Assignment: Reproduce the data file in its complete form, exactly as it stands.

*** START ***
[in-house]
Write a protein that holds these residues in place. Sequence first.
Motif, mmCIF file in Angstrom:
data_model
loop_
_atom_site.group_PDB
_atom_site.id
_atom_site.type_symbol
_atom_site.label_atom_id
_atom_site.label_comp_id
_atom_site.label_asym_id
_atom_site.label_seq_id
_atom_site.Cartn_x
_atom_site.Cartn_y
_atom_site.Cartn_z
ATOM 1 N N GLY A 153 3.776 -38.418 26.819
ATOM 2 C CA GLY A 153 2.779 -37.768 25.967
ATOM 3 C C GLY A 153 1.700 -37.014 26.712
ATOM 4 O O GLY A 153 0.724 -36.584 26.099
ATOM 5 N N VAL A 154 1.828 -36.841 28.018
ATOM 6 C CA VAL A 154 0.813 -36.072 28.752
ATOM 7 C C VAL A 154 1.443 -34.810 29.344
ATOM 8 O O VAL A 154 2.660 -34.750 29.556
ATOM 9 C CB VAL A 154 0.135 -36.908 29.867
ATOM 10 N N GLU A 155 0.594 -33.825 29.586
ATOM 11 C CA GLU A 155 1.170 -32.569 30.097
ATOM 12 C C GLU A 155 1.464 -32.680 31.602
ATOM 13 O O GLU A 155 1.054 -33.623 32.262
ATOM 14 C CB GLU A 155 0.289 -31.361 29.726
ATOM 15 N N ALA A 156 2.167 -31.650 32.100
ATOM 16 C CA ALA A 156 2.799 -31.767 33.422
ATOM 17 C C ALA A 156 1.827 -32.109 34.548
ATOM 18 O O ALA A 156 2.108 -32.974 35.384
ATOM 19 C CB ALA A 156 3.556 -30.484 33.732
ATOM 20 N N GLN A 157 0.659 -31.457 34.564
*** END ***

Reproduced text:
[in-house]
Write a protein that holds these residues in place. Sequence first.
Motif, mmCIF file in Angstrom:
data_model
loop_
_atom_site.group_PDB
_atom_site.id
_atom_site.type_symbol
_atom_site.label_atom_id
_atom_site.label_comp_id
_atom_site.label_asym_id
_atom_site.label_seq_id
_atom_site.Cartn_x
_atom_site.Cartn_y
_atom_site.Cartn_z
ATOM 1 N N GLY A 153 3.776 -38.418 26.819
ATOM 2 C CA GLY A 153 2.779 -37.768 25.967
ATOM 3 C C GLY A 153 1.700 -37.014 26.712
ATOM 4 O O GLY A 153 0.724 -36.584 26.099
ATOM 5 N N VAL A 154 1.828 -36.841 28.018
ATOM 6 C CA VAL A 154 0.813 -36.072 28.752
ATOM 7 C C VAL A 154 1.443 -34.810 29.344
ATOM 8 O O VAL A 154 2.660 -34.750 29.556
ATOM 9 C CB VAL A 154 0.135 -36.908 29.867
ATOM 10 N N GLU A 155 0.594 -33.825 29.586
ATOM 11 C CA GLU A 155 1.170 -32.569 30.097
ATOM 12 C C GLU A 155 1.464 -32.680 31.602
ATOM 13 O O GLU A 155 1.054 -33.623 32.262
ATOM 14 C CB GLU A 155 0.289 -31.361 29.726
ATOM 15 N N ALA A 156 2.167 -31.650 32.100
ATOM 16 C CA ALA A 156 2.799 -31.767 33.422
ATOM 17 C C ALA A 156 1.827 -32.109 34.548
ATOM 18 O O ALA A 156 2.108 -32.974 35.384
ATOM 19 C CB ALA A 156 3.556 -30.484 33.732
ATOM 20 N N GLN A 157 0.659 -31.457 34.564